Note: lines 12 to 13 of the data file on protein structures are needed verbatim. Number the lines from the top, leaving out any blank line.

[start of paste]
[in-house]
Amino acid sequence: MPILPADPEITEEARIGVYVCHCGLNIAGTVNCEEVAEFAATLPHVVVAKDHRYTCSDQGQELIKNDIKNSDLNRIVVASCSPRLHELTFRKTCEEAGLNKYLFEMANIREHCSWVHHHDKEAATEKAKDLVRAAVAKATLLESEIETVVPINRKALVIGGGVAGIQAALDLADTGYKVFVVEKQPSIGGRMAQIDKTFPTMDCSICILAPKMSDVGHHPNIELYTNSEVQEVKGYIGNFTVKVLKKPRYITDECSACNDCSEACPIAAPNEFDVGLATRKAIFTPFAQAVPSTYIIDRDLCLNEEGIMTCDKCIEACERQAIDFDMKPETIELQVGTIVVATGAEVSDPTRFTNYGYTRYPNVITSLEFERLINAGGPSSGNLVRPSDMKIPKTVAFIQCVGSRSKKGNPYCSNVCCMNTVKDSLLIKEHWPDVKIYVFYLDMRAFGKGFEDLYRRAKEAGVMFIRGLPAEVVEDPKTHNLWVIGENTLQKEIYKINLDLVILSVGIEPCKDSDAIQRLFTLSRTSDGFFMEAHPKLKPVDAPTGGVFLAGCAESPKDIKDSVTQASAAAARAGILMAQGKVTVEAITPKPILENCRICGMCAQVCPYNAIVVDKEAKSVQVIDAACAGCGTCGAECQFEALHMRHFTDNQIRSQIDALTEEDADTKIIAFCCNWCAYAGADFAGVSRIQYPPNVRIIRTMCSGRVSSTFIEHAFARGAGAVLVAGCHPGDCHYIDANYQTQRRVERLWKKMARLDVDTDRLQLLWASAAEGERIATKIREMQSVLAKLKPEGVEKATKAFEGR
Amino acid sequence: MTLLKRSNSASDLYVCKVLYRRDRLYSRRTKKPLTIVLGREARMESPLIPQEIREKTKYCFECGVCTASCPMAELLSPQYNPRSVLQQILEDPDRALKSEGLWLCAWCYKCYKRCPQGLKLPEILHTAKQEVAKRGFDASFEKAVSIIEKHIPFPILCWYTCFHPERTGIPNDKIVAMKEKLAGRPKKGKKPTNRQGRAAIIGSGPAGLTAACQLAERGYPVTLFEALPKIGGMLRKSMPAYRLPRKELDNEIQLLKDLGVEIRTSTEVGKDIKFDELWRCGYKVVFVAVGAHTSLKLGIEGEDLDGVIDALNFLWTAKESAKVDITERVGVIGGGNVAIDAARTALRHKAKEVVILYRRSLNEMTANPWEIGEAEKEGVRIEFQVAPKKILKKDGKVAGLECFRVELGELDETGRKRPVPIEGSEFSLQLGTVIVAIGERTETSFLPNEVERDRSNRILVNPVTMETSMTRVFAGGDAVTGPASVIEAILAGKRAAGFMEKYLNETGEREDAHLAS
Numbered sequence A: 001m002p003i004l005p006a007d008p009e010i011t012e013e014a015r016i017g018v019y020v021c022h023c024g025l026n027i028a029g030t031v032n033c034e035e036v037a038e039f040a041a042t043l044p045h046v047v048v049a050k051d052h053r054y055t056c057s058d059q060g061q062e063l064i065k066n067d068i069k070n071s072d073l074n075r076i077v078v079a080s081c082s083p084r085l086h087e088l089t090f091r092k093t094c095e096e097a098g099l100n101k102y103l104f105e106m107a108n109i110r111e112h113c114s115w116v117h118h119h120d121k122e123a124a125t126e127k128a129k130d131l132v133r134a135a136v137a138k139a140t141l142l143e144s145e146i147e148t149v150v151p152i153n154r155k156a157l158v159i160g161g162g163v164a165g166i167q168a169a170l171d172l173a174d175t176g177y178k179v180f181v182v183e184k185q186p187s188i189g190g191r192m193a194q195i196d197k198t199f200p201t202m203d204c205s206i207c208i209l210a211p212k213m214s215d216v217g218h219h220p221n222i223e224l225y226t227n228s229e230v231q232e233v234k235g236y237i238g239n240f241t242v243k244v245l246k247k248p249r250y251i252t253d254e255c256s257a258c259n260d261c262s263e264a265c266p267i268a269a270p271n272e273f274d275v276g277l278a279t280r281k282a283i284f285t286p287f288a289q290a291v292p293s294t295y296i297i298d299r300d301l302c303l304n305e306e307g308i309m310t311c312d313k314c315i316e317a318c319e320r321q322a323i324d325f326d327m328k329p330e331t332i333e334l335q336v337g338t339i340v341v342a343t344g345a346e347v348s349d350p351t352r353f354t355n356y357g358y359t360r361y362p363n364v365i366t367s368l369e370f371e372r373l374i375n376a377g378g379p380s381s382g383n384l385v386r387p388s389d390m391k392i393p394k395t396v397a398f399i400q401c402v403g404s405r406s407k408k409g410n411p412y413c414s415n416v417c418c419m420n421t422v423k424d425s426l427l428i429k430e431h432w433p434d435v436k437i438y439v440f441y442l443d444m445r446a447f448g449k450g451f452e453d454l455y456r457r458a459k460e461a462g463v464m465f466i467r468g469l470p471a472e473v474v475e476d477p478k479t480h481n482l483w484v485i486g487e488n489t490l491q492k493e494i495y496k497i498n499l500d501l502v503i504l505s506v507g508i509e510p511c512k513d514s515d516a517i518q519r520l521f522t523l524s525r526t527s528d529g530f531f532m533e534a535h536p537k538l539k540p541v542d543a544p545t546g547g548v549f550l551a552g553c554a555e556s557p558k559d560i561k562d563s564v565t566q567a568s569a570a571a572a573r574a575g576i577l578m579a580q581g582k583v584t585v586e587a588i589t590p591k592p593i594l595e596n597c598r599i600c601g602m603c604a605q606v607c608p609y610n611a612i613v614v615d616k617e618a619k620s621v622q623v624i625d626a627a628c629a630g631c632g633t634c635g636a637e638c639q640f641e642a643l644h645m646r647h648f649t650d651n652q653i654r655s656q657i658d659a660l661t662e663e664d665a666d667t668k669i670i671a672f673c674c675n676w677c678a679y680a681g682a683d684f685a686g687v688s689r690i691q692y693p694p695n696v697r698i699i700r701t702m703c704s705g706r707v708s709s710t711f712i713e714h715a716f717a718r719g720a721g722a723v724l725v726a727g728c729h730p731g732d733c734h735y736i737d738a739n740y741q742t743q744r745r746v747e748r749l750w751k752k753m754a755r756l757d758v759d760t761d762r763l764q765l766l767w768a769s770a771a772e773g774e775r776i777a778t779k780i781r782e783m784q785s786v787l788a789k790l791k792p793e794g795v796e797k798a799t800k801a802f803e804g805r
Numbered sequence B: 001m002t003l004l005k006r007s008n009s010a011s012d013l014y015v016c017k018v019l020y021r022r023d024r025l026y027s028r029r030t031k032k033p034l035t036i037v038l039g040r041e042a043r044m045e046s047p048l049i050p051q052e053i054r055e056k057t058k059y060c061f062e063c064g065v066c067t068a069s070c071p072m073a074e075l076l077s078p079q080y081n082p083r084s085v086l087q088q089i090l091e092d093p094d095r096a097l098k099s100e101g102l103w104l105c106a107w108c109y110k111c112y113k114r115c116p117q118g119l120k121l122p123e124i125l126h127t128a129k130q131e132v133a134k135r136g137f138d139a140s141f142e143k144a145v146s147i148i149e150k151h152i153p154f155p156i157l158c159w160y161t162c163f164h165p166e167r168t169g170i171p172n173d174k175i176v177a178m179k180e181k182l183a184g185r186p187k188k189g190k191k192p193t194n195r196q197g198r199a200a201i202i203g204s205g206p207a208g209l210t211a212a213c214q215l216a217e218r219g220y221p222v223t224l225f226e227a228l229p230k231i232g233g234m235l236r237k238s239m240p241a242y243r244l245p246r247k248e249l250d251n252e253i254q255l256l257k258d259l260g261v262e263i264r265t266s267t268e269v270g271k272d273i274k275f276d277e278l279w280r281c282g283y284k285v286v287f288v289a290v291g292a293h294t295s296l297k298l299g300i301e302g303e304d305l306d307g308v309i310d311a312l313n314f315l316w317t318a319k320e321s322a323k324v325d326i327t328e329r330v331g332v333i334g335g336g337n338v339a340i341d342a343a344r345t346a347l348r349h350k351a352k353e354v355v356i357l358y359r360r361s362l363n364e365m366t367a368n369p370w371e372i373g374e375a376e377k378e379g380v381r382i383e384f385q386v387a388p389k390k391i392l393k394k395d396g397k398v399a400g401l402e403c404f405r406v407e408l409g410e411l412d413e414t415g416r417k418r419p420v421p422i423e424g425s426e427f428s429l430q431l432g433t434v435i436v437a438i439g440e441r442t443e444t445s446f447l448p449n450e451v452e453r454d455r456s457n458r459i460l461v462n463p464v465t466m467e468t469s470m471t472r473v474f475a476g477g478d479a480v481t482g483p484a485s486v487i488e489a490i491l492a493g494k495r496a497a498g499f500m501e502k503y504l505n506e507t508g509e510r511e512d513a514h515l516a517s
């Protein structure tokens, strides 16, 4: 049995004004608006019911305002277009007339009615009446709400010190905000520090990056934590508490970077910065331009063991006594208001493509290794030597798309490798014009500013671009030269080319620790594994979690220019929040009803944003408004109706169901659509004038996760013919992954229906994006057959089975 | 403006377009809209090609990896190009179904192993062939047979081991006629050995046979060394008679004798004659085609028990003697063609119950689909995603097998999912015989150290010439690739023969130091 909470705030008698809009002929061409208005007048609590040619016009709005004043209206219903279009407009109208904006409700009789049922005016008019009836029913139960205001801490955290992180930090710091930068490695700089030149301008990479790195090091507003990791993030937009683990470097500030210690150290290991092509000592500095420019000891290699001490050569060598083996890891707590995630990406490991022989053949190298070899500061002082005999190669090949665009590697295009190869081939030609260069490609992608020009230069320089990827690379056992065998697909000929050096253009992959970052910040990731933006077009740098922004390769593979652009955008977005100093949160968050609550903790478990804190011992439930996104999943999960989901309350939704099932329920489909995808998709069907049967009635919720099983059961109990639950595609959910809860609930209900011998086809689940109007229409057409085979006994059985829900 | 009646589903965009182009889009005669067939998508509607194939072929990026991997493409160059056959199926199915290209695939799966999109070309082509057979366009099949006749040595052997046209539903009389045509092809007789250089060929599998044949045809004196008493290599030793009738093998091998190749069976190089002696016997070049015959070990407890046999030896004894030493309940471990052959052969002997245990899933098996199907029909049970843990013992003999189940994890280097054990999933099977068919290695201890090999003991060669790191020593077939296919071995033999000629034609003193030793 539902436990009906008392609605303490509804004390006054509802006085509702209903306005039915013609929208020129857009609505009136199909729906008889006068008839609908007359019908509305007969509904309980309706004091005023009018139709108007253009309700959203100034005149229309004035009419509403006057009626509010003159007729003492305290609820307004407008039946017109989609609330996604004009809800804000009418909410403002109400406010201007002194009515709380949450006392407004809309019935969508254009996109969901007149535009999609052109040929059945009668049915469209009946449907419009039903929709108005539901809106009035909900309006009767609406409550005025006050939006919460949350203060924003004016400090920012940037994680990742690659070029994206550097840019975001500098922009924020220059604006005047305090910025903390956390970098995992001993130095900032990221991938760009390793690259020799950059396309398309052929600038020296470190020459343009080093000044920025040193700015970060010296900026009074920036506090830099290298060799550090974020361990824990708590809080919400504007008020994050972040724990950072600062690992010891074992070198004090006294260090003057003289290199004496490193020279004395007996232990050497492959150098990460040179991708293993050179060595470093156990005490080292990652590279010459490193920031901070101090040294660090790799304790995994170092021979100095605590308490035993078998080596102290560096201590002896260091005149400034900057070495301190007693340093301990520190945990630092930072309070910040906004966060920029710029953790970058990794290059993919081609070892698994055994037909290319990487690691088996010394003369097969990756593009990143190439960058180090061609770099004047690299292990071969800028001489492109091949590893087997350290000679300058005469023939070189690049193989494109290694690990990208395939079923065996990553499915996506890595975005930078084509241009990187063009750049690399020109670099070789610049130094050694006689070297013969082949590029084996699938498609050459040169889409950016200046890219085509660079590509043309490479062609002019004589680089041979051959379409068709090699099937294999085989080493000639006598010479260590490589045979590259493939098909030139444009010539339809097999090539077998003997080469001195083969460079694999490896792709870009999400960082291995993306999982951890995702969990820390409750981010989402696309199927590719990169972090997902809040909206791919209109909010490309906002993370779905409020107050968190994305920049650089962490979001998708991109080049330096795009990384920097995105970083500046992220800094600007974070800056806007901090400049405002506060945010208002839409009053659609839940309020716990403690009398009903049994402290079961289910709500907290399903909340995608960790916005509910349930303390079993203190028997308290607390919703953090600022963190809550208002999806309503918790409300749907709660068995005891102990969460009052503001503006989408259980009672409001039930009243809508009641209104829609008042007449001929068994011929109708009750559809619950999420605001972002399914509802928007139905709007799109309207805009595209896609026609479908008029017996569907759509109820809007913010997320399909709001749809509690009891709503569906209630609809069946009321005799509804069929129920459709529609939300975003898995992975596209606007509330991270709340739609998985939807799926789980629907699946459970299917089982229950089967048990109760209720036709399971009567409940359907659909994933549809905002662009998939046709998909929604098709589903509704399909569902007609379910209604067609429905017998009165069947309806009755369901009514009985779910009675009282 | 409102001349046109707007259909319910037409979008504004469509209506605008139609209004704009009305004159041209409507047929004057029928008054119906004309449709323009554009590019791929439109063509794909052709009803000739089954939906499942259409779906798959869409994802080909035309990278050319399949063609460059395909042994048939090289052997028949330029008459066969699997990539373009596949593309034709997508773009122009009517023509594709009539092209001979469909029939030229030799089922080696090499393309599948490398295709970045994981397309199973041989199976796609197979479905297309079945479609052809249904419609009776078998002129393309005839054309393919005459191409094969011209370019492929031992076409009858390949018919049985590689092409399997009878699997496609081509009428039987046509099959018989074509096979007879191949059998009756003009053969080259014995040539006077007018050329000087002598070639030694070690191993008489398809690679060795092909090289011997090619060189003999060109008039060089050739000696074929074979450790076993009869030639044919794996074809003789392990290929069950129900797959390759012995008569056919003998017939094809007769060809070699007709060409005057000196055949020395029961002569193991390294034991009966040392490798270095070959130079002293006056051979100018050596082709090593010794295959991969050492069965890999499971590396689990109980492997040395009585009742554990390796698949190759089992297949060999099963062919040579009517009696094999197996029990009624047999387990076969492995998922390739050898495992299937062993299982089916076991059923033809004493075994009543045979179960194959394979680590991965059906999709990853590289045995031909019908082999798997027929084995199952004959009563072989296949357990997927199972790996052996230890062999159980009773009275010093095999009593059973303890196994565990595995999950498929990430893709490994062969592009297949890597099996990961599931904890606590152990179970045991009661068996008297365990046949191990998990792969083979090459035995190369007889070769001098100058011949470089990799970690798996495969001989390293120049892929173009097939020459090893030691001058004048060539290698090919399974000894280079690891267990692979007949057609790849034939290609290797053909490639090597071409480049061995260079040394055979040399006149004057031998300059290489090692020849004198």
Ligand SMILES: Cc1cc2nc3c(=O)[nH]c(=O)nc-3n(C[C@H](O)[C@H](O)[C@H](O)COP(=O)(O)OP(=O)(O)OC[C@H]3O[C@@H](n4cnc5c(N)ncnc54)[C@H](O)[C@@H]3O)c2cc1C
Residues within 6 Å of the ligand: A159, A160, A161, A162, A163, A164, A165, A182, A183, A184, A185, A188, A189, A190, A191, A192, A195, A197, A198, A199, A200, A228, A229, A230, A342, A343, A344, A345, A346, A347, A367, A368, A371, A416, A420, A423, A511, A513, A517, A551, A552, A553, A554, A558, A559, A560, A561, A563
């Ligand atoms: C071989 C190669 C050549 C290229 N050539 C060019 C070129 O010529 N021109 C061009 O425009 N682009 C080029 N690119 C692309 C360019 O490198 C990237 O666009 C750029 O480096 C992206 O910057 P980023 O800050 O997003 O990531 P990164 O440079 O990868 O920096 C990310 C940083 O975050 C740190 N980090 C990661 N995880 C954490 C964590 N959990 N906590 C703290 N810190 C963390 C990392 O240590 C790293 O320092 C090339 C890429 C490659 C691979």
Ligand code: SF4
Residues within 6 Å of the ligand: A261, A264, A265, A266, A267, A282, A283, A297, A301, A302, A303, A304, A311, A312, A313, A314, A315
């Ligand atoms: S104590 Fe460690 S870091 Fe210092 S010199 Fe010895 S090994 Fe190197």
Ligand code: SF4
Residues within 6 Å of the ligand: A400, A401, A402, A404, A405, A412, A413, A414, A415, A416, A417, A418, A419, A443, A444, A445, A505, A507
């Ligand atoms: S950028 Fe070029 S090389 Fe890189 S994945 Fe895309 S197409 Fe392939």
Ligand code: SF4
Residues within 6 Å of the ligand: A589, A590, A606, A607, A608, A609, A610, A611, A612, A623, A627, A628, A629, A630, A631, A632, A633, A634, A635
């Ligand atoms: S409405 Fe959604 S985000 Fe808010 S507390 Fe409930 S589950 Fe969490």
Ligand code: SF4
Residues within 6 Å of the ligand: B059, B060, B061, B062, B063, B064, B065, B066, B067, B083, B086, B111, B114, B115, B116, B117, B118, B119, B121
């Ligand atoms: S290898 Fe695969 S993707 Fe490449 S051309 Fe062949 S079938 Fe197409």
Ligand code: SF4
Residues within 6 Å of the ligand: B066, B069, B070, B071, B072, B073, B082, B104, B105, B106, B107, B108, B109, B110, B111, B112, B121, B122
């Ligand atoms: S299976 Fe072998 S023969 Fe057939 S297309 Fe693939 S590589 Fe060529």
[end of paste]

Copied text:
């Ligand atoms: S104590 Fe460690 S870091 Fe210092 S010199 Fe010895 S090994 Fe190197």
Ligand code: SF4